Jul 10, 2018
The NYU Tandon School of Engineering is more than just a resource for students who want to learn about the technology of today and tomorrow. Bustling with additive manufacturing tools like Ultimaker 3D printers, CNC machines, laser cutters, and imaging equipment, NYU Tandon was designed to inspire and prepare students to be motivated and self-sufficient when tackling science and engineering endeavors that benefit the world around them.
Victoria Bill, the founding Manager of the NYU Tandon School of Engineering MakerSpace Lab, understands just how essential 3D printing is as a tool for students to have at their fingertips. She says, “3D printing has tremendous potential to pull people in, as it allows your work to come to life in front of you, and encourages you to think outside the box.” When her team set out to equip their space, they knew that the right tools and 3D printers would facilitate such growth for students of all majors.
A bustling lab built for the future
To date, the lab has 14 Ultimaker printers that are used almost around the clock, with the majority running 20 to 24 hours a day. University students, staff, and faculty from 18 different schools across NYU visit the Lab, including students from the Shanghai and Abu Dhabi campuses. As a welcoming environment that encourages ingenuity and fosters creativity, students tackle projects that make a difference in the lives of others, such as 3D printed orthotics and assistive devices.
Gabriella Cammarata, a recent graduate of the Integrated Digital Media Master's program at NYU, is part of an ongoing orthopedics project that is a collaboration between the MakerSpace Lab and NYU Langone Medical Center, and The NYU Ability Project – which connects designers, engineers, and artists with those who have limited mobility.
The project was started by Dr. Alice Chu, an Associate Professor in the Department of Orthopaedic Surgery at the NYU School of Medicine. Dr. Chu wanted to explore ways to build low-cost 3D printed orthotic braces for children with cerebral palsy. These braces could serve as therapy devices to exercise hand and arm muscles, as well as allow children to gain additional mobility or function in their affected hands.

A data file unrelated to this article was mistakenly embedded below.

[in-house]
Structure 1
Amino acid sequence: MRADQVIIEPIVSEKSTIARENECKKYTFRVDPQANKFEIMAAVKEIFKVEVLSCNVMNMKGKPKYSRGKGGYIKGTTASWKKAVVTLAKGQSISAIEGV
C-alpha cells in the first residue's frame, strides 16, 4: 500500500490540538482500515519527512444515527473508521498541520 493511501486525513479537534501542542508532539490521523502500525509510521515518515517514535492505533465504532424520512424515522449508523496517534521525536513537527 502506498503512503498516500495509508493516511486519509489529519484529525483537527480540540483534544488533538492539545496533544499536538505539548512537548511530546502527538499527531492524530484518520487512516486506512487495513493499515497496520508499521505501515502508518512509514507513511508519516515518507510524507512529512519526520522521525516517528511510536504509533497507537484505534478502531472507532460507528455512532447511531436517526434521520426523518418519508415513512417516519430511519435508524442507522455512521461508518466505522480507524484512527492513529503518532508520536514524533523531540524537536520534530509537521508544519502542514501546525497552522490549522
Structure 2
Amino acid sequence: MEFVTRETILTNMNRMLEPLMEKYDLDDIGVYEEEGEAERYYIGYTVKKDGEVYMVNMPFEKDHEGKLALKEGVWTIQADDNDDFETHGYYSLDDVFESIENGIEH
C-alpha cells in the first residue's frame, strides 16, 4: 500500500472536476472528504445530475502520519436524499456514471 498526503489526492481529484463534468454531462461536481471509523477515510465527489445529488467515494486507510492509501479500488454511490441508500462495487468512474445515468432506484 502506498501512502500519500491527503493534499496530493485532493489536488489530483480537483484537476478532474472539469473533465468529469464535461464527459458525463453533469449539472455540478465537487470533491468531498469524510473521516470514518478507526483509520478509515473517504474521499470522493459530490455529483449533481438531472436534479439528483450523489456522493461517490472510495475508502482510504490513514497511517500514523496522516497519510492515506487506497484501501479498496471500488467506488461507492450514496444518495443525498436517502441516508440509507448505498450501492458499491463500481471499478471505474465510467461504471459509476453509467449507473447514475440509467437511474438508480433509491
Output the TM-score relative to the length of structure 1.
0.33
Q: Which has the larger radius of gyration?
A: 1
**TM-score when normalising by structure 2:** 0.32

As devices such as arm and hand exoskeletons are too expensive for the average family, Gabriella and her fellow students committed to creating low-cost orthotics and biomedical devices under the guidance of Dr. Chu. “Children require regular fittings for entirely new orthotics or prosthetics as they grow, which means most insurance companies will not cover the expensive costs of orthotics,” Gabriella says.
“The aim is to design and fabricate these devices using Ultimaker 3D printers so that parents, doctors, and occupational therapists can reproduce them as necessary.” Helping those in need through innovative projects at NYU Tandon teaches students valuable lessons about the ways these tools can be used to better the lives of others, while also sharpening additive manufacturings skills they will need in the future.
Pioneering projects with the help of 3D printing
NYU Tandon continues to offer diverse options for research endeavors, like the Vertically Integrated Projects (VIP). Initially established by Georgia Tech, the VIP program is currently implemented in over 28 universities worldwide—including NYU—and allows students to gain course credit towards their degree by working on a project. Victoria transformed the orthotic brace project into a VIP course so that it could be a long-term, sustainable research project which students could participate in for multiple semesters. Students are encouraged to count their work towards their required engineering credits for graduation while also building up a project portfolio.
Translating the project into a course also allows for older, more advanced students to mentor and lead new students who join the research and project team.
The goal of their specific VIP team is to design and create customized, low-cost 3D printed orthotic braces for children with degenerative muscular disorders like cerebral palsy. Offered as a course at NYU, students from a mix of disciplines come together for three semesters to develop devices that act as therapy tools and facilitate increased hand functionality.
In addition to developing assistive and therapeutic devices, student groups work on a variety of projects that fall into the realm of design and engineering. The VIP program at NYU Tandon is also home to the NYU Hyperloop group, which is comprised of 30 students from the NYU and Shanghai campuses. The group was one of 27 out of 700 teams chosen to participate in the 2017 Hyperloop Pod Competition by SpaceX, after which they were allowed test their prototypes on the Hyperloop track in Hawthorne, California.
A synergetic student effort
One of the most impressive aspects of the MakerSpace Lab is that it is almost entirely student-run. Each semester it draws in about 1,500 unique members, which includes 350 first-years eager to delve into 3D printing. “We have four graduate students and 24 undergraduate students who all work with the Ultimaker printers,” Victoria says.
“When students come to the MakerSpace Lab at NYU Tandon they train in groups to ensure that they’re prepared to print, but the user-friendly interface of Ultimaker makes the process easy to pick up.” In the future, Victoria hopes to expand their lineup of Ultimaker 3D printers to continue to offer the latest in innovative additive manufacturing technology, opening new doors for students with ideas that will inspire and help others.
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